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CCR-1 District Fighting Staph Outbreak

School Nurses and administrators have been monitoring the occurrence of staph infections in our school buildings recently.

We have changed cleaning routines in areas that have been most affected.

We will continue to work with our local health care providers and health department closely as well.  The below is information from the MO Department of Health and Senior Services Communicable Disease Handbook about staph.

Staph Infection – Staphylococcus aureus (S. Aureus or staph) bacteria are the leading cause of skin and soft tissue infections.

Symptoms: infected areas that are red and warm with our without pus. Examples are boils, impetigo, wound infections, and infections of hair follicles.

Sometimes the staph bacteria can get into the bloodstream and other body sites and cause severe illness.

If your child is infected, the time it will take for symptoms to start will vary by type of infection.

Spread: by touching contaminated hands, skin drainage, pus, or secretions from the nose.

Contagious Period: as long as the infection or colonization is present.

A child who has draining infections has more bacteria and is more contagious than a child who is only colonized.

Call your Healthcare Provider: if anyone in your home has symptoms. Your doctor will decide what treatment is needed.

If you think your child has a Staph Infection: Tell your health care provider and call the school.

Does your child need to stay home: Yes, if draining sores cannot be completely covered and contained with a clean, dry bandage.     No, if child is only colonized.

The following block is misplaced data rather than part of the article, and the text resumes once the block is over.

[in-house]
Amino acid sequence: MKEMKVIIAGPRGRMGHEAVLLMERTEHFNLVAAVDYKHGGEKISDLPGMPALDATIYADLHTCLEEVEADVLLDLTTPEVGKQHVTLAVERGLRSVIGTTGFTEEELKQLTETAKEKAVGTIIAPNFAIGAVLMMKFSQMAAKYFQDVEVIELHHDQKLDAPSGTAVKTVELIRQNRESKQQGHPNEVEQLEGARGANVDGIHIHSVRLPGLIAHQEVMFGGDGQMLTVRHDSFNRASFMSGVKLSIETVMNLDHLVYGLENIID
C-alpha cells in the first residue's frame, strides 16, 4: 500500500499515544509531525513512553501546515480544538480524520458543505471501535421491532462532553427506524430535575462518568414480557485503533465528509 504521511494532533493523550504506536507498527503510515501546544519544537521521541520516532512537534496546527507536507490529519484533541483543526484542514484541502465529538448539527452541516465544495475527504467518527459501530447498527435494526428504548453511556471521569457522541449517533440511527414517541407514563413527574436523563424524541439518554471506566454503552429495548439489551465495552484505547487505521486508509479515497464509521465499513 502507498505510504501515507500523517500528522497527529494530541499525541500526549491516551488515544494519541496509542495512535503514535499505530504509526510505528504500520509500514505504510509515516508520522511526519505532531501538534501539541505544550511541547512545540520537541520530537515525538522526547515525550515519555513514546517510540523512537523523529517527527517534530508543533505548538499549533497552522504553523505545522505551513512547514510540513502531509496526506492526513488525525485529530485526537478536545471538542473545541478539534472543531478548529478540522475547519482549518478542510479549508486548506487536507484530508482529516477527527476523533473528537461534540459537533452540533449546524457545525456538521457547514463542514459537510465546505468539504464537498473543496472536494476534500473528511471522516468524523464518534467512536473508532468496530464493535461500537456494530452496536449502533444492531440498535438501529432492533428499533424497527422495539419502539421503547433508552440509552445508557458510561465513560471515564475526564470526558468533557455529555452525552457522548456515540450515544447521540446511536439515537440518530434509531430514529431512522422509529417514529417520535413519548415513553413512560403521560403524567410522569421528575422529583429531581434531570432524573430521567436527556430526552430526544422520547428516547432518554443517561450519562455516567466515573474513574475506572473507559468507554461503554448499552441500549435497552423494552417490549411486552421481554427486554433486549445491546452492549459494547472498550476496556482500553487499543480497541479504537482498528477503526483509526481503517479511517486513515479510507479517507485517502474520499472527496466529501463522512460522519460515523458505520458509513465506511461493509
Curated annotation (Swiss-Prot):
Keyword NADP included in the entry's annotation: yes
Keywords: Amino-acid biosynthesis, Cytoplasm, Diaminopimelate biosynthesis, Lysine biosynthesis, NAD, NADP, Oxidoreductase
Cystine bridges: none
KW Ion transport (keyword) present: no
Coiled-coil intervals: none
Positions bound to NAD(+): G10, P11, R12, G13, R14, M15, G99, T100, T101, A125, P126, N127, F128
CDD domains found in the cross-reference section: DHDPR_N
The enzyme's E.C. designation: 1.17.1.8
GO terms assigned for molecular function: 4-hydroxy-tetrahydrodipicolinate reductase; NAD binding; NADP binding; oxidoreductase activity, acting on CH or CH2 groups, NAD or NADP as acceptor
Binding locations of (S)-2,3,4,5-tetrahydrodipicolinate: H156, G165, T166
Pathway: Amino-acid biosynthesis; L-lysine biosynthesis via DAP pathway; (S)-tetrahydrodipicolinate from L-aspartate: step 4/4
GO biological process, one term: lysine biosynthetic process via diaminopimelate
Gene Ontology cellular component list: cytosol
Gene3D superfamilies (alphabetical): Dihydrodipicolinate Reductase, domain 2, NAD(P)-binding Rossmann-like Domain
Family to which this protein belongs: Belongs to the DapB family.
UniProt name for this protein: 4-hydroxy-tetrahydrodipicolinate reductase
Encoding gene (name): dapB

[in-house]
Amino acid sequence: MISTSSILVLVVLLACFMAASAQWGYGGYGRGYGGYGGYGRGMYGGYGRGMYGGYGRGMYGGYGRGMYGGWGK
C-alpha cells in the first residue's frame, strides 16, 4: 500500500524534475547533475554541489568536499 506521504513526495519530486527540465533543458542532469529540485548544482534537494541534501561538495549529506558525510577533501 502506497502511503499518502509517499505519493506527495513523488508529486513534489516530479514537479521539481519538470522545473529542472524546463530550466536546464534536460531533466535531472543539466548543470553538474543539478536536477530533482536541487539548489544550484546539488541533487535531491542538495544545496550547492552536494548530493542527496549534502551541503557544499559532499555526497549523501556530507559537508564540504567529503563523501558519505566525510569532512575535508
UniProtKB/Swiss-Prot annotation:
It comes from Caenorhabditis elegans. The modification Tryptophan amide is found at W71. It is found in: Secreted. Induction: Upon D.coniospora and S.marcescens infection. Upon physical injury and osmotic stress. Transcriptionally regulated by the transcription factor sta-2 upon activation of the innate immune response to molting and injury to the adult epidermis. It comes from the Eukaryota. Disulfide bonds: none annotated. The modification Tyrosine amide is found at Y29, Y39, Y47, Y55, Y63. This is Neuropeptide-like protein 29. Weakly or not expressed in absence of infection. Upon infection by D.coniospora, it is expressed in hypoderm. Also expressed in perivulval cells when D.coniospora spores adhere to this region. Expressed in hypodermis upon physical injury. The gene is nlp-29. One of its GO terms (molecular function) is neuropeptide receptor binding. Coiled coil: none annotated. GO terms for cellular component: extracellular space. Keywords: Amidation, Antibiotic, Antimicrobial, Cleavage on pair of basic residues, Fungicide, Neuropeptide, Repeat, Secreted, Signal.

Prevention: Regular and thorough handwashing! Keep wounds, clean, dry and covered with bandage.

Avoid sharing personal items such as washcloths, bar soap, combs, razors or clothing.

Keep contaminated laundry separate from other laundry.

Wash clothes, bed sheets, and blankets in hot water with detergent and dry in hot dryer.

Clean and disinfect contaminated surfaces or objects. Use a disinfectant that kills Staphylococcus aureus bacteria.

For more information contact your school nurse or the Health Department (727-2356).

The district is also aware of rumors that the staph bacteria is in the activity field surface.

“I doubt it is possible as the heat from the sun should kill it.  I will see if it is possible,” said CCR-1 Superintendent Dr. Ritchie Kracht.

“I believe we have four cases. HS and MS students.  Most likely (it came from the) locker room or weight room.  We have stepped up cleaning in those areas along with the rest of the schools,” Kracht added.